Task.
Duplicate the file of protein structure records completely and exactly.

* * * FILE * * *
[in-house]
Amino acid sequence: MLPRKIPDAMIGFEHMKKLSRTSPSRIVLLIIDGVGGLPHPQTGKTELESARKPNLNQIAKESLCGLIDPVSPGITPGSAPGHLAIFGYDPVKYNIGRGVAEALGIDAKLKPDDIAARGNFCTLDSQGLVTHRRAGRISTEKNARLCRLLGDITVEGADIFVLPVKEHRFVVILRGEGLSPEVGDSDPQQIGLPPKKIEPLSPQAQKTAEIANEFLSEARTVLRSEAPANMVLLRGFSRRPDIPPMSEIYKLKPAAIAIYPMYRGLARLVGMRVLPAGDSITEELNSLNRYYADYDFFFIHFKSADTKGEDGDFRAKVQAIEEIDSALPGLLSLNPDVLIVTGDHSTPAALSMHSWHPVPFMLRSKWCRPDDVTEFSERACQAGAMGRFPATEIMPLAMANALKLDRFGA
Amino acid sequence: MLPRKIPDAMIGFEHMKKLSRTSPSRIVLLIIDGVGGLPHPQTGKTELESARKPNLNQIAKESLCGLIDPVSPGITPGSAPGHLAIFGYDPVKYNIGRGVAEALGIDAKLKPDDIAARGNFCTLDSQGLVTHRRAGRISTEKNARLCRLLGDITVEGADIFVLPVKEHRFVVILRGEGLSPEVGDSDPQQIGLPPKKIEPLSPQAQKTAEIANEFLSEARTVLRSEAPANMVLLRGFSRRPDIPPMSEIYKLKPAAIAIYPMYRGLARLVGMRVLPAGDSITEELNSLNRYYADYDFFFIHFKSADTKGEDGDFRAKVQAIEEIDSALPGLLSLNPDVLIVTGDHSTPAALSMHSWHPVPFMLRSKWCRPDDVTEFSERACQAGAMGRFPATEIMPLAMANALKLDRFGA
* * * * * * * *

[in-house]
Amino acid sequence: MLPRKIPDAMIGFEHMKKLSRTSPSRIVLLIIDGVGGLPHPQTGKTELESARKPNLNQIAKESLCGLIDPVSPGITPGSAPGHLAIFGYDPVKYNIGRGVAEALGIDAKLKPDDIAARGNFCTLDSQGLVTHRRAGRISTEKNARLCRLLGDITVEGADIFVLPVKEHRFVVILRGEGLSPEVGDSDPQQIGLPPKKIEPLSPQAQKTAEIANEFLSEARTVLRSEAPANMVLLRGFSRRPDIPPMSEIYKLKPAAIAIYPMYRGLARLVGMRVLPAGDSITEELNSLNRYYADYDFFFIHFKSADTKGEDGDFRAKVQAIEEIDSALPGLLSLNPDVLIVTGDHSTPAALSMHSWHPVPFMLRSKWCRPDDVTEFSERACQAGAMGRFPATEIMPLAMANALKLDRFGA
Amino acid sequence: MLPRKIPDAMIGFEHMKKLSRTSPSRIVLLIIDGVGGLPHPQTGKTELESARKPNLNQIAKESLCGLIDPVSPGITPGSAPGHLAIFGYDPVKYNIGRGVAEALGIDAKLKPDDIAARGNFCTLDSQGLVTHRRAGRISTEKNARLCRLLGDITVEGADIFVLPVKEHRFVVILRGEGLSPEVGDSDPQQIGLPPKKIEPLSPQAQKTAEIANEFLSEARTVLRSEAPANMVLLRGFSRRPDIPPMSEIYKLKPAAIAIYPMYRGLARLVGMRVLPAGDSITEELNSLNRYYADYDFFFIHFKSADTKGEDGDFRAKVQAIEEIDSALPGLLSLNPDVLIVTGDHSTPAALSMHSWHPVPFMLRSKWCRPDDVTEFSERACQAGAMGRFPATEIMPLAMANALKLDRFGA